Nestled in the Karakoram ranges and Himalayas is picturesque Ladakh known for its snowcapped hills, scintillating pristine lakes, beautiful valleys with meandering rivers and cold deserts. Whether it’s the landscape which changes every few kilometres or the exotic wildlife that it is home to or the picture-perfect postcard vistas- Ladakh doesn’t cease to amaze. Leh is the capital city and the perfect base to explore places in and around.
The people of Ladakh, primarily Buddhists, are deeply spiritual, which is evident from the several monasteries that dot the length and breadth of Ladakh. They live in small hamlets tending to their domestic animals, spinning prayer wheels and have learnt to make the most in the hostile weather conditions.
We visited Ladakh in 2012, and although eight to nine years have since passed, we still have fond memories of this paradise. We stayed in Ladakh with our children (a ten-year-old daughter and an eight-year-old son) for a week exploring its various attractions. Join us as we take you to Ladakh through a series of travelogues.
We begin with our first travelogue exploring Leh and the places in and around it.
Exploring in and around Leh
After landing in Leh, we drive to our hotel which is going to be the base from which we will explore Leh and the places around it. We have been cautioned to take the first couple of days easy and not be in a frenzy to undertake road trips to high altitude places. At 11500 feet, the air is thinner, and it takes extra effort to breathe. Acclimatisation to this high altitude is essential or else one can fall ill and even need hospitalisation!
So, we decide to trust our guide Dorjey who has helped us plan the itinerary. First, we explore Leh and the surroundings which are close by and then undertake longer trips to the Nubra Valley and Pangong Lake.
Hall of Fame
First on our list is the Hall of Fame- a memorial cum museum made by the Indian Army. Located 4 km for Leh, it is on the Leh-Kargil Road. It is a reminder of the martyrs who sacrificed their lives during the several Indo-Pak wars that the country has faced.
An exhibit depicting the panoramic view of Ladakh region is on the floor. Busts of several martyrs with their heroic deeds enumerated on posters can be seen. The weapons carried by the army men, their uniforms, pictures of these brave soldiers, stories of their valour and heroism are all proudly displayed. We have tears in our eyes reading the stories and seeing the photos of these Bravehearts. It is because of them that our children and we can sleep peacefully unafraid of attacks by foreign nations. In another gallery are the various facts about Ladakh, its people, culture, wildlife and so on.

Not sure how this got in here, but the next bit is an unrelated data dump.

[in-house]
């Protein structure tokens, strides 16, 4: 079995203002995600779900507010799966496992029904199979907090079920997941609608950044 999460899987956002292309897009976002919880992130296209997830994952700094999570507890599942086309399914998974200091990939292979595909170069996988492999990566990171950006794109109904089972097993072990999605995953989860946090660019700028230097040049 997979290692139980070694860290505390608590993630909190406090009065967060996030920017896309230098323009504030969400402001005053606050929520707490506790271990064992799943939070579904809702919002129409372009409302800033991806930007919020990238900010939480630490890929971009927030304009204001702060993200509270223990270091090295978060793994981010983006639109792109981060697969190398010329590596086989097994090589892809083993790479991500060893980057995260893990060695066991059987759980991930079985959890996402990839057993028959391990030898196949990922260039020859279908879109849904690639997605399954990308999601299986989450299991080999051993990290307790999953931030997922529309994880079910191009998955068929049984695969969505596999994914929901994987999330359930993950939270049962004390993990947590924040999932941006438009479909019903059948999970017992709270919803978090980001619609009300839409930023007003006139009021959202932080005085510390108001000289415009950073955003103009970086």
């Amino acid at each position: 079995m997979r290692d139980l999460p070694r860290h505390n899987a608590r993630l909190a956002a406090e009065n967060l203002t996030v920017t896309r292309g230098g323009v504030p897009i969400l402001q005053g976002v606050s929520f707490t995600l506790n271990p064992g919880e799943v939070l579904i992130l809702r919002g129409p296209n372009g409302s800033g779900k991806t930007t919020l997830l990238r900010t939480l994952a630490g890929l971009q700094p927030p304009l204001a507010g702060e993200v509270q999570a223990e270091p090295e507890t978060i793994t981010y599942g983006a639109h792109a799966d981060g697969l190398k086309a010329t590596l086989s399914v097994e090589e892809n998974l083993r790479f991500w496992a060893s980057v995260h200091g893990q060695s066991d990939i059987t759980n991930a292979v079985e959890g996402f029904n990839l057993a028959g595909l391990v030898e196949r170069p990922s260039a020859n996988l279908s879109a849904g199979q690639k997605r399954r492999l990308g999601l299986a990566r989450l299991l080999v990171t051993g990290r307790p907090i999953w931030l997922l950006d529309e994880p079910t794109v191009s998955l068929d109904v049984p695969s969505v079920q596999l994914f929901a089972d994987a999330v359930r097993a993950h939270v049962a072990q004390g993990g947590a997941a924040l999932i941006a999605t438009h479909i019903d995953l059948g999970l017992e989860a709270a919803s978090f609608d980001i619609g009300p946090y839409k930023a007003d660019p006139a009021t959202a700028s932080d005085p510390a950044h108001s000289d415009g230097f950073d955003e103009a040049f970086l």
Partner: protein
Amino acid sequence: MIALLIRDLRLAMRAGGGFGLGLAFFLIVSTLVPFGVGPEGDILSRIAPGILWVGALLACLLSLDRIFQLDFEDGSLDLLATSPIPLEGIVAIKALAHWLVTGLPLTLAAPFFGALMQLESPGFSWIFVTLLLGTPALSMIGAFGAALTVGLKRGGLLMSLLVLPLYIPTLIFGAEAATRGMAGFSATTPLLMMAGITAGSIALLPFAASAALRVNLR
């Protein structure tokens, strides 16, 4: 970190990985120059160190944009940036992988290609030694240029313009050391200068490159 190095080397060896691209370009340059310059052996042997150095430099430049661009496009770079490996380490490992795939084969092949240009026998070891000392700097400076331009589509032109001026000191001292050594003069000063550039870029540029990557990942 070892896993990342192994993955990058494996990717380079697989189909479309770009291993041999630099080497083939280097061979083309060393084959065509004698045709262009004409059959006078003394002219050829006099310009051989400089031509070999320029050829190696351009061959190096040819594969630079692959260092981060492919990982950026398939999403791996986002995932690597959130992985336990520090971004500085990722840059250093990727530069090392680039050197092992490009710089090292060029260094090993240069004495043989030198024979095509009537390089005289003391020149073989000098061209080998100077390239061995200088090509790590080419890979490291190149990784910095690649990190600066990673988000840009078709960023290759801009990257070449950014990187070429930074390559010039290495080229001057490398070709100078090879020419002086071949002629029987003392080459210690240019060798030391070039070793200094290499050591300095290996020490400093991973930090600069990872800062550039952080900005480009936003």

When we step outside, we see the Indian tricolour on a pole fluttering in the wind and a tank on display. The vistas of the surrounding hills, some of them snow-capped, with the Spituk Monastery can be seen. On a sandy hill, we can see the word Landon written. It is the name of a school that one can see below it, on the foothills.
It is a white dome-shaped structure which has the relics of the Buddha and provides a breathtaking view of the surroundings. It was constructed in 1991 to mark the completion of 2500 years of Buddhism. As we enter, we see a monk beating a drum in a rhythmic pattern. We then see an altar with a golden Buddha statue, and a sense of peace and calm descends. We see The Nampgyal Tsmo fort and monastery on a hill from the terrace of the stupa. As we exit the stupa, we notice a Ladakhi child playing happily without any toys or distractions. Her peach and plum complexion, innocent eyes and a smile are infectious.
Our first day in Ladakh has come to an end on a good note. The next morning, we are in for a piece of sad news. We realise that our daughter has taken ill. She is complaining of a stomachache. Was it something she ate, or is it the acclimatisation challenge? Not wanting to take any chances we decide that Rafiq and my son will go sightseeing while I will stay back at the hotel with my daughter.
They visit the Shey Palace, Druk White Lotus School Thiskey Monastery and Stok Monastery. Thankfully, they have clicked lots of pictures and on their return show them to us and share their experience.
They show me photos of the Shey Palace like the rock carvings of the 5 Dhyani Buddhas, the large prayer wheels and different angles of the monastery.
Druk White School
Seeing pictures of the Druk White Lotus School, my daughter’s face lights up. She is feeling better but has not fully recovered. The school featured in the movie 3 Idiots, and we had told them we would be visiting Aamir Khan’s character Rancho’s School before the trip. They were looking forward to seeing it. My husband tells her that he will take us to the school once she is better.
My husband next, shares pictures of the Thiksey Monastery, which is the largest monastery in Ladakh. I see photos of the monastery on a hill, a giant prayer bell, the colourful Tibetan Buddhist wall paintings, the surroundings as well as the interior prayer hall. The piece de resistance is the 15 metres tall statue of Maitreya Buddha with an elaborate, colourful crown, prominent eyes, elongated earlobes with earrings. I wonder if it looks so beautiful in the picture seeing it face to face would have been even better. But for now, I am contented watching the pictures.
Pictures of the Stok Palace and Museum, which is the residence of the former royal family, are shared next by my husband. A structure with an impressive façade in white with windows painted in maroon with a black outline. The balconies from where the royals must be looking at the goings-on outside.
We pray that our daughter recovers fully so that we can visit the other attractions of Ladakh. Read on to find out what happened next in the Gems of Nubra Valley travelogue.